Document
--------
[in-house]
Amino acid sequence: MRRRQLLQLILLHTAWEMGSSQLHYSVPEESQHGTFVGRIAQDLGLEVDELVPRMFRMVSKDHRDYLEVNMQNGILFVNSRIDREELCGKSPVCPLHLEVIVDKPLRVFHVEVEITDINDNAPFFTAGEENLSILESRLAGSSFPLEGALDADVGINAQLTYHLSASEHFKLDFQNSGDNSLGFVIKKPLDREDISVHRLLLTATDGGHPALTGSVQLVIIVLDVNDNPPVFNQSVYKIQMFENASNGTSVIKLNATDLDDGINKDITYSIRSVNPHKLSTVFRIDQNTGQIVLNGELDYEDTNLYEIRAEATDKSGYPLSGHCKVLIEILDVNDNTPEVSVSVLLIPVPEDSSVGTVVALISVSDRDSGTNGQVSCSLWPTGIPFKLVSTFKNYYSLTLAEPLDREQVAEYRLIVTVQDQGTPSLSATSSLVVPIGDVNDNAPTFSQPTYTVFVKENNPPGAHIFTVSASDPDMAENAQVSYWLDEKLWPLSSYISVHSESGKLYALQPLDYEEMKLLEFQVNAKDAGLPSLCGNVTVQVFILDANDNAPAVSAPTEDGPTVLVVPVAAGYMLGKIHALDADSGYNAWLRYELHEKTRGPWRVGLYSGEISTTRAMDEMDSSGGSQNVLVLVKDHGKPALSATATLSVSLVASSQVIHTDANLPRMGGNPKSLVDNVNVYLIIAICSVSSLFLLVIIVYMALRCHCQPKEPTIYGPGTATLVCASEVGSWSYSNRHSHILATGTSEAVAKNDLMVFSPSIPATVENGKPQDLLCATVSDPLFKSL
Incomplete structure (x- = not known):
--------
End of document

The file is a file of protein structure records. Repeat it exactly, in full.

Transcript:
[in-house]
Amino acid sequence: MRRRQLLQLILLHTAWEMGSSQLHYSVPEESQHGTFVGRIAQDLGLEVDELVPRMFRMVSKDHRDYLEVNMQNGILFVNSRIDREELCGKSPVCPLHLEVIVDKPLRVFHVEVEITDINDNAPFFTAGEENLSILESRLAGSSFPLEGALDADVGINAQLTYHLSASEHFKLDFQNSGDNSLGFVIKKPLDREDISVHRLLLTATDGGHPALTGSVQLVIIVLDVNDNPPVFNQSVYKIQMFENASNGTSVIKLNATDLDDGINKDITYSIRSVNPHKLSTVFRIDQNTGQIVLNGELDYEDTNLYEIRAEATDKSGYPLSGHCKVLIEILDVNDNTPEVSVSVLLIPVPEDSSVGTVVALISVSDRDSGTNGQVSCSLWPTGIPFKLVSTFKNYYSLTLAEPLDREQVAEYRLIVTVQDQGTPSLSATSSLVVPIGDVNDNAPTFSQPTYTVFVKENNPPGAHIFTVSASDPDMAENAQVSYWLDEKLWPLSSYISVHSESGKLYALQPLDYEEMKLLEFQVNAKDAGLPSLCGNVTVQVFILDANDNAPAVSAPTEDGPTVLVVPVAAGYMLGKIHALDADSGYNAWLRYELHEKTRGPWRVGLYSGEISTTRAMDEMDSSGGSQNVLVLVKDHGKPALSATATLSVSLVASSQVIHTDANLPRMGGNPKSLVDNVNVYLIIAICSVSSLFLLVIIVYMALRCHCQPKEPTIYGPGTATLVCASEVGSWSYSNRHSHILATGTSEAVAKNDLMVFSPSIPATVENGKPQDLLCATVSDPLFKSL
Incomplete structure (x- = not known):